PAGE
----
If you would like to view current GFDL animations here is a link to a tutorial which, in turn, provides a link to the model.
To see updated model plot comparisons I recommend going to http://moe.met.fsu.edu/~acevans/models/
If anything is going on there will be a small “display” button to click on.
My family and friends have often heard me proclaim that coffee is my “drug of choice.” It ‘s true. I feel so very lucky in that regard. To my knowledge, no one has ever been pulled over and charged for driving under the influence of coffee!
Last Autumn I had a delightful experience in a terrific restaurant in Spruce Pine, North Carolina. My wife and I were “double-dating” with friends who had recommended the place. Though the food was wonderful and I highly recommend the spot, it was the coffee that I’ll definitely not forget. This is because I had never had coffee prepared in a French press. Not only that, I had never heard of the device. I guess it’s fair to say that in-so-far as varied dining is concerned – this 70 (and a half)-year-old man hasn’t really gotten out and about much.
So, it was coffee from a French press along with the company of our friends that were my memorable experiences at the Knife and Fork on the “lower street” in downtown Spruce Pine. The waitress instructed me skillfully on how to use it and offered her advice for a “first-timer.” The French press is known by many names, including: press pot, coffee press, coffee plunger and сafetière à piston. They come in many sizes. An on-line search using the term, “French press,” will score many “hits.” A You Tube search will show you probably more examples than you’d care to endure on how to use a French press. I do not go to great pains like thermometers and grinders as shown in some of those You Tube demonstrations. I use the K.I.S.S. guideline (keep it simple, stupid). I don’t find that gourmet coffee is necessary and I don’t make a big performance out of the process. I often use store-bought ground decaf coffee.
Therefore, it should be clear that I am not a coffee connoisseur. In fact, I am about as far-removed from that category as one can be. But I am a daily coffee drinker. Though I don’t prefer it – I even enjoy instant coffee. I regularly go so far as to drink “left-over” coffee brewed the previous day. I’ll store it in the refrigerator overnight and heat it in the microwave in the morning. I suspect this is simply because I deplore waste. I realize that this admission ruins any credibility I might have when it comes to making recommendations about coffee. I do enjoy Cuban coffee – that’s a whole different dimension. I like “cowboy coffee” too and recommend that you try it also, if for no other reason – just for fun. http://www.ineedcoffee.com/04/cowboycoffee/ But the bottom line is this: The best coffee I’ve ever had, at home and away from home, has been brewed in a French press. I won’t bother to try to offer advice on how to prepare French press coffee because there are too many variables – e.g. your personality, the size of your press, your preferences regarding strength.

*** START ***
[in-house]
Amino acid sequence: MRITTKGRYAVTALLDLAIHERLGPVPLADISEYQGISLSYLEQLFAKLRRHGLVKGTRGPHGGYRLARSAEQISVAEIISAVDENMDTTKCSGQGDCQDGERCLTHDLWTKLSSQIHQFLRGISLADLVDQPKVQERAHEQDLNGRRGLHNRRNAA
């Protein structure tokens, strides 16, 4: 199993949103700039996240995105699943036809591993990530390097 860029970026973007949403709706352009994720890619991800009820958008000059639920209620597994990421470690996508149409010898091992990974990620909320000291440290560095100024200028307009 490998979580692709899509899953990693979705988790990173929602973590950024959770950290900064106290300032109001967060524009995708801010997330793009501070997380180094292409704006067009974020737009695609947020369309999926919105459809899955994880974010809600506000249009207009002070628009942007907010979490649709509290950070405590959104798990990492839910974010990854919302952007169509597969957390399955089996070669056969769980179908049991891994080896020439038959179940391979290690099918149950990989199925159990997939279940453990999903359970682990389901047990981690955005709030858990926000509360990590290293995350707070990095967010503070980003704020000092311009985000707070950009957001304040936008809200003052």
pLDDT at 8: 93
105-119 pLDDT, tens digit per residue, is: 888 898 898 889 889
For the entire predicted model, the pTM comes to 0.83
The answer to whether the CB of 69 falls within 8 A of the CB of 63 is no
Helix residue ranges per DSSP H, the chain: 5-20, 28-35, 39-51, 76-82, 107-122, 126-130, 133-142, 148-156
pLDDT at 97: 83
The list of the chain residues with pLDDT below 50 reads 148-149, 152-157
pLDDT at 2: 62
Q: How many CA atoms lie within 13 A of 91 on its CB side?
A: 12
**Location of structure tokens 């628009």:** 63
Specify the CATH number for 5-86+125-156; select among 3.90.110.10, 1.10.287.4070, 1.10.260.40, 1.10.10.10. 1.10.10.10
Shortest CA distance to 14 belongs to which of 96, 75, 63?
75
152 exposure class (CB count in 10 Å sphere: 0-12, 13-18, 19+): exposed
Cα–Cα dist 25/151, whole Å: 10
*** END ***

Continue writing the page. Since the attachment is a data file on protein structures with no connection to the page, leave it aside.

Mine (pictured at the beginning of this entry in front of the old coffee grinder) makes about a cup and a half of coffee and it’s just right for me. It was a gift from my youngest daughter, Lauren; she had heard me rave about the coffee I experienced at the Knife and Fork. It was a wonderful gift and I suggest that you consider one for yourself if you drink coffee. Even if you don’t – it’s a wonderful way to serve coffee to guests. Multi-cup French presses are available and easy to use. To be sure it is a unique gift idea for any coffee drinker and bound to be most appreciated. While you’re at it – if you happen to be anywhere near Spruce Pine – give the Knife and Fork a try. I think you’ll be delighted.